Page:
BELEAGUERED jockey Christophe Soumillon wasn’t destined for an easy life — and I absolutely know that feeling.
In one of my old jobs my boss described me as “accident-prone”, although despite trudging into his office a number of times he never got rid of me.
Chappers has his say on the incident which has rocked racing
Luckily, he recognised I brought something to the table few others did. While sometimes it was a struggle, the pros outweighed (just) the cons.
And that is the same with the Belgian magician ‘Super Soumi’.
You’d rather have him on your team than against you. He will drive you crazy but has that ‘je ne sais quoi’ that is exquisite brilliance.
HOLLOWAY BOY (2.25 Newmarket)
Was not beaten far in a seven-furlong Group 3 here a fortnight ago.
This extra furlong should suit and he can get back to winning ways.
Soumillon, now sacked as retained rider to the Aga Khan, is about to start a two-month ban for a high-speed elbow that left fellow pilot Rossa Ryan lying on the ground in a daze. Luckily Ryan was completely uninjured.
Soumillon thinks. He said to me: “You know the story — I didn’t do it to make him fall off.
“Things happen. For me this will be a re-start, but it’s not the first time this kind of thing happens to me. I know how to deal with it.
“The most important thing is Rossa didn’t hurt himself. That means I can move forward without having that bad thing in my head.
“I’m fine. I will take a rest to make sure I come back stronger.”
There were calls for Soumillon to be banned for life. This was dirty riding of the dirtiest order.
But that’s social media for you. Full of extreme reaction without a lot of thought.
I DON’T THINK IT WAS DELIBERATE
That said, I got the anger. Racing is dangerous enough without an elbow in the side.
But do you think it was deliberate? I don’t.
Ryan came off, but I don’t for one minute believe that was what Soumillon wanted.
It was a moment of petulance. Of holding your ground. Of believing you are the best in the world and others won’t stop the art you are trying to perform.
Ryan was keeping Soumillon tight and he wasn’t going to have it.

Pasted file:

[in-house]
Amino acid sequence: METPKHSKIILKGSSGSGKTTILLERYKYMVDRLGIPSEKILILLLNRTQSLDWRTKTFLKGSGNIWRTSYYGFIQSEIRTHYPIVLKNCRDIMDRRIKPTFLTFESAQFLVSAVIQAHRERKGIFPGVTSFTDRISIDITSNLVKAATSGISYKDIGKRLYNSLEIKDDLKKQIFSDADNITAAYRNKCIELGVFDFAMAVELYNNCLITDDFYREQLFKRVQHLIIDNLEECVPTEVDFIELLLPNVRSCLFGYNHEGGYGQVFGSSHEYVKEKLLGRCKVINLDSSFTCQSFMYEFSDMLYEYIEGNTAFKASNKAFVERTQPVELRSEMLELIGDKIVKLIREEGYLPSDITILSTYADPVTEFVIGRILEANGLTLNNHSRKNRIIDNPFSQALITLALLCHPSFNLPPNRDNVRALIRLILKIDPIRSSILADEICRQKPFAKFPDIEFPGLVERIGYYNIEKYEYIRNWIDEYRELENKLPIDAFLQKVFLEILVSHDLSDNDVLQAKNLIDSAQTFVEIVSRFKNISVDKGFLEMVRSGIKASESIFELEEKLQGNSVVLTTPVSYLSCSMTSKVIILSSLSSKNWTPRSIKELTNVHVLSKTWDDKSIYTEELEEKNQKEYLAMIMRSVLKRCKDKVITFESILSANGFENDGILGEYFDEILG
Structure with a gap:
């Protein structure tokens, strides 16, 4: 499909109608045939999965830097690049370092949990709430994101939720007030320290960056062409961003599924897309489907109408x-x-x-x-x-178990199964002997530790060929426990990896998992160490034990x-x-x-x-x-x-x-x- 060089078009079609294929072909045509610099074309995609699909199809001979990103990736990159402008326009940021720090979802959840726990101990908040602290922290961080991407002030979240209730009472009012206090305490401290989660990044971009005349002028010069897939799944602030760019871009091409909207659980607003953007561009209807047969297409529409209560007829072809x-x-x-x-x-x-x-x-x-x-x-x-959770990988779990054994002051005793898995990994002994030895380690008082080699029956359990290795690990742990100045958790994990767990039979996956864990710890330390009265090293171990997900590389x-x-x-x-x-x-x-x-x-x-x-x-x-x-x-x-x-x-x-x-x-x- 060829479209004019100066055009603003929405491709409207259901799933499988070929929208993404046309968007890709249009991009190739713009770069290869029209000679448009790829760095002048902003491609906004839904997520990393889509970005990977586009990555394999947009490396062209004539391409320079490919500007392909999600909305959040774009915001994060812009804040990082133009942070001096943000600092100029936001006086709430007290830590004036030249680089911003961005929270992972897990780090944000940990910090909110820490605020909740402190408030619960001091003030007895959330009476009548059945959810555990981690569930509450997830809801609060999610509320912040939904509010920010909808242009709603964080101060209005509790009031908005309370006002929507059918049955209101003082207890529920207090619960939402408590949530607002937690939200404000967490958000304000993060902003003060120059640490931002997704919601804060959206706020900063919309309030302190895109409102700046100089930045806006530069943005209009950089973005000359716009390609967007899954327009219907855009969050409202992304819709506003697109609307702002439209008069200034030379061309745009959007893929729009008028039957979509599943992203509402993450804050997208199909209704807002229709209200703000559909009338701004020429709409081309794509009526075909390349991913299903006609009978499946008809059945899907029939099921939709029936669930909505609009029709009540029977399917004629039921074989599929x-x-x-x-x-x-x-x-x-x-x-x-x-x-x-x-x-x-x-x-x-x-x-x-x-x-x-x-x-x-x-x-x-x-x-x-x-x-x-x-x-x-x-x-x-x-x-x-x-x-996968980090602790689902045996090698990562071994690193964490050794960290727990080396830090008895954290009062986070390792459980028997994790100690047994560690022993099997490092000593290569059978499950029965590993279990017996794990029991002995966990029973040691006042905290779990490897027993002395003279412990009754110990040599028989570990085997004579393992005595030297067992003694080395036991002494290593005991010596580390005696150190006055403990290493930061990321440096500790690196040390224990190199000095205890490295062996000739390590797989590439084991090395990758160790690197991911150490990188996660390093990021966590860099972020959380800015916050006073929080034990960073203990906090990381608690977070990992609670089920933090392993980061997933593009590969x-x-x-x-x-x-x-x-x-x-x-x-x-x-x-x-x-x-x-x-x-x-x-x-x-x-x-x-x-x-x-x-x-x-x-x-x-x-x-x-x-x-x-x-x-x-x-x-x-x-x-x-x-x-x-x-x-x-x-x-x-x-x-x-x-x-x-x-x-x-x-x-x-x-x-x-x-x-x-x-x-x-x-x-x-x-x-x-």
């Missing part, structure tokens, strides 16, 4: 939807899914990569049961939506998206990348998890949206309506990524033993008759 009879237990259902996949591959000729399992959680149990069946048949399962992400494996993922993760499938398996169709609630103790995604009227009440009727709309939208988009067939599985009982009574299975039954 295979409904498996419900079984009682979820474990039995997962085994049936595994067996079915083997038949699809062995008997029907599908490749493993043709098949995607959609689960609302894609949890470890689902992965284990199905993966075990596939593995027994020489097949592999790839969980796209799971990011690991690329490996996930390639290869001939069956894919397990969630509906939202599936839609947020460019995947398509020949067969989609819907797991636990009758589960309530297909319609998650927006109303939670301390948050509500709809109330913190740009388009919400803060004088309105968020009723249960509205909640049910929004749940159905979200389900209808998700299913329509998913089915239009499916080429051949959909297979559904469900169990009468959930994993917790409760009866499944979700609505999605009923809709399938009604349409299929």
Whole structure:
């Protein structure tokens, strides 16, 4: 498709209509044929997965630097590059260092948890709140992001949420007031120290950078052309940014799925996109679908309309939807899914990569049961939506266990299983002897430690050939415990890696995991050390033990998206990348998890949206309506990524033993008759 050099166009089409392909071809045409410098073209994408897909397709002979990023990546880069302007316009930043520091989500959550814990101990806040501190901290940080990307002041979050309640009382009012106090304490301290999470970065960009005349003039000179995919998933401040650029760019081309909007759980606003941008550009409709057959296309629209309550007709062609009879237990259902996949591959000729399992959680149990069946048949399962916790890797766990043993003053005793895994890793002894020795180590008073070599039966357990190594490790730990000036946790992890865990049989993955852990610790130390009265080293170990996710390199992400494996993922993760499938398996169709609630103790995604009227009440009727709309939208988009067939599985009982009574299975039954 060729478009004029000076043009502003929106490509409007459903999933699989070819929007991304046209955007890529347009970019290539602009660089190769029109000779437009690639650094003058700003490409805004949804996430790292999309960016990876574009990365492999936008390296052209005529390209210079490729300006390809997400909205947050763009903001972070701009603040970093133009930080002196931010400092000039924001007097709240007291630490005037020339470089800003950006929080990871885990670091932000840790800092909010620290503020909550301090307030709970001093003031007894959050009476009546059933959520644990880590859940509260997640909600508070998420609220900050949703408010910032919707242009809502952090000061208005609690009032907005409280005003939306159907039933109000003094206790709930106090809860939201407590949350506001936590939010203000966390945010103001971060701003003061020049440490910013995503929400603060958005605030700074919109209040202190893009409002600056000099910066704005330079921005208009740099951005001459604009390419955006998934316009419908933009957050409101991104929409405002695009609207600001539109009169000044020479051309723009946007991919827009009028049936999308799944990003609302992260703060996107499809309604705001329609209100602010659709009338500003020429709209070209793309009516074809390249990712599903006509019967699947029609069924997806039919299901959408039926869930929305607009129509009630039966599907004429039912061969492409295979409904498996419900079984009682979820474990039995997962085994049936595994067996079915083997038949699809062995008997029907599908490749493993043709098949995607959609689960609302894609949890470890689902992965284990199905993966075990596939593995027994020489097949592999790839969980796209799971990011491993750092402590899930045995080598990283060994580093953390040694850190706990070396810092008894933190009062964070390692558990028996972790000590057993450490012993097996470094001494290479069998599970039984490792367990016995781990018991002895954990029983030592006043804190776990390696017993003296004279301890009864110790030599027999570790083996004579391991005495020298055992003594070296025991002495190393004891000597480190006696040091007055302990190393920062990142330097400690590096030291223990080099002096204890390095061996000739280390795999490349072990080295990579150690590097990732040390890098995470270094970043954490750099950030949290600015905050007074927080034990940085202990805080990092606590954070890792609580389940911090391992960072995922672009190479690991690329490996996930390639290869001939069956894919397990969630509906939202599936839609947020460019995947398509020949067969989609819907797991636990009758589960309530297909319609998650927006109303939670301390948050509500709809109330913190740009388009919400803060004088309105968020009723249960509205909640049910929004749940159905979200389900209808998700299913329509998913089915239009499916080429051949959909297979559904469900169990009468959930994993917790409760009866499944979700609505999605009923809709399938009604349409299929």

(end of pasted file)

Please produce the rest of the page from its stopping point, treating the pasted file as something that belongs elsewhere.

“Not so close my friend,” was what Soumillon was saying, but the delivery was out of sync.
I understand this sensation. In my world it’s when you say something and then wish you had relayed it in a different way.
It boils down to passion. On TV it’s easy to smile and tell the audience the day is amazing and go home and pick up the cheque.
But boundaries are there to be pushed. Knowing when to have that extra slice of self-control is the skill.
I’ve always believed every TV show I do the people watching should expect the unexpected. The interview with a twist.
Being accident-prone is not a desire, it’s a way of life.
Soumillon has always been a dashing rider, and his passion has often caused an issue.
‘NOT A KILLER’
Soumillon added: “I am not a killer. I love my sport and I love my horses. I love the competition.
“I’ll come back stronger. One day people will probably forgive me.”
Saint-Cloud was a bad day for Soumillon. It could have been much worse if Ryan had been hurt.
But he wasn’t and Soumillon adds so much to the sport of horseracing.
Love him or loathe him, most would admit they want to watch him. Safety will always come first.
But that dash of Belgian artistry also provides much fascination.
For me racing is better for it. Remember Luke 6:37: “Forgive, and you will be forgiven.”